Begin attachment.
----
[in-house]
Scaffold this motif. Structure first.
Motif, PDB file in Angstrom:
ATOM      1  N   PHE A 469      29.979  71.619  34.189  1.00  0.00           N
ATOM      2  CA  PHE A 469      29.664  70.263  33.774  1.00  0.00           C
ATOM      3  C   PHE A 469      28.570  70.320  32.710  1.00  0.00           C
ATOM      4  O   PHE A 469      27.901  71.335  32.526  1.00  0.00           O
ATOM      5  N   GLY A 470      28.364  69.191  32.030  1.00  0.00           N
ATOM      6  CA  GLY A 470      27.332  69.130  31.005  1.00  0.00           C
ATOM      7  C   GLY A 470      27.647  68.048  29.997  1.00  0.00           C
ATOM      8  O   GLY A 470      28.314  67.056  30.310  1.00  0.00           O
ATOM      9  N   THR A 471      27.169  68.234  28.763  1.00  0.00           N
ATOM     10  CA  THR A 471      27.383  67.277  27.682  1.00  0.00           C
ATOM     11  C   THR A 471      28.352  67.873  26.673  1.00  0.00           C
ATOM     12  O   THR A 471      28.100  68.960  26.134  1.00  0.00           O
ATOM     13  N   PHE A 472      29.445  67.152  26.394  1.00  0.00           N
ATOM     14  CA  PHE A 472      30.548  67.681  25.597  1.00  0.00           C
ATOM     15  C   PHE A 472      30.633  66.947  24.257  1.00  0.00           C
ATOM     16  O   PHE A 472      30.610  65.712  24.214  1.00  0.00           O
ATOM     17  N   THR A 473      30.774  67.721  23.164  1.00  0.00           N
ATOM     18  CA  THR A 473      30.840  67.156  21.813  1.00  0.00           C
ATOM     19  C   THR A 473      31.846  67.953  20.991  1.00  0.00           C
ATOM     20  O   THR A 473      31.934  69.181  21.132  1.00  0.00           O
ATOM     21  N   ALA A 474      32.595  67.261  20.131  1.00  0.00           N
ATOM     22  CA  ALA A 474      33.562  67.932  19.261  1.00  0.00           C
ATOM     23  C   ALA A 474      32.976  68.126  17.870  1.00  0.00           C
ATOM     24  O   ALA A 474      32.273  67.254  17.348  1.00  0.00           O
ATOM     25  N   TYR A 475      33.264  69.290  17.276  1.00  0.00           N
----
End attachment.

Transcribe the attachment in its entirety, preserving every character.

[in-house]
Scaffold this motif. Structure first.
Motif, PDB file in Angstrom:
ATOM      1  N   PHE A 469      29.979  71.619  34.189  1.00  0.00           N
ATOM      2  CA  PHE A 469      29.664  70.263  33.774  1.00  0.00           C
ATOM      3  C   PHE A 469      28.570  70.320  32.710  1.00  0.00           C
ATOM      4  O   PHE A 469      27.901  71.335  32.526  1.00  0.00           O
ATOM      5  N   GLY A 470      28.364  69.191  32.030  1.00  0.00           N
ATOM      6  CA  GLY A 470      27.332  69.130  31.005  1.00  0.00           C
ATOM      7  C   GLY A 470      27.647  68.048  29.997  1.00  0.00           C
ATOM      8  O   GLY A 470      28.314  67.056  30.310  1.00  0.00           O
ATOM      9  N   THR A 471      27.169  68.234  28.763  1.00  0.00           N
ATOM     10  CA  THR A 471      27.383  67.277  27.682  1.00  0.00           C
ATOM     11  C   THR A 471      28.352  67.873  26.673  1.00  0.00           C
ATOM     12  O   THR A 471      28.100  68.960  26.134  1.00  0.00           O
ATOM     13  N   PHE A 472      29.445  67.152  26.394  1.00  0.00           N
ATOM     14  CA  PHE A 472      30.548  67.681  25.597  1.00  0.00           C
ATOM     15  C   PHE A 472      30.633  66.947  24.257  1.00  0.00           C
ATOM     16  O   PHE A 472      30.610  65.712  24.214  1.00  0.00           O
ATOM     17  N   THR A 473      30.774  67.721  23.164  1.00  0.00           N
ATOM     18  CA  THR A 473      30.840  67.156  21.813  1.00  0.00           C
ATOM     19  C   THR A 473      31.846  67.953  20.991  1.00  0.00           C
ATOM     20  O   THR A 473      31.934  69.181  21.132  1.00  0.00           O
ATOM     21  N   ALA A 474      32.595  67.261  20.131  1.00  0.00           N
ATOM     22  CA  ALA A 474      33.562  67.932  19.261  1.00  0.00           C
ATOM     23  C   ALA A 474      32.976  68.126  17.870  1.00  0.00           C
ATOM     24  O   ALA A 474      32.273  67.254  17.348  1.00  0.00           O
ATOM     25  N   TYR A 475      33.264  69.290  17.276  1.00  0.00           N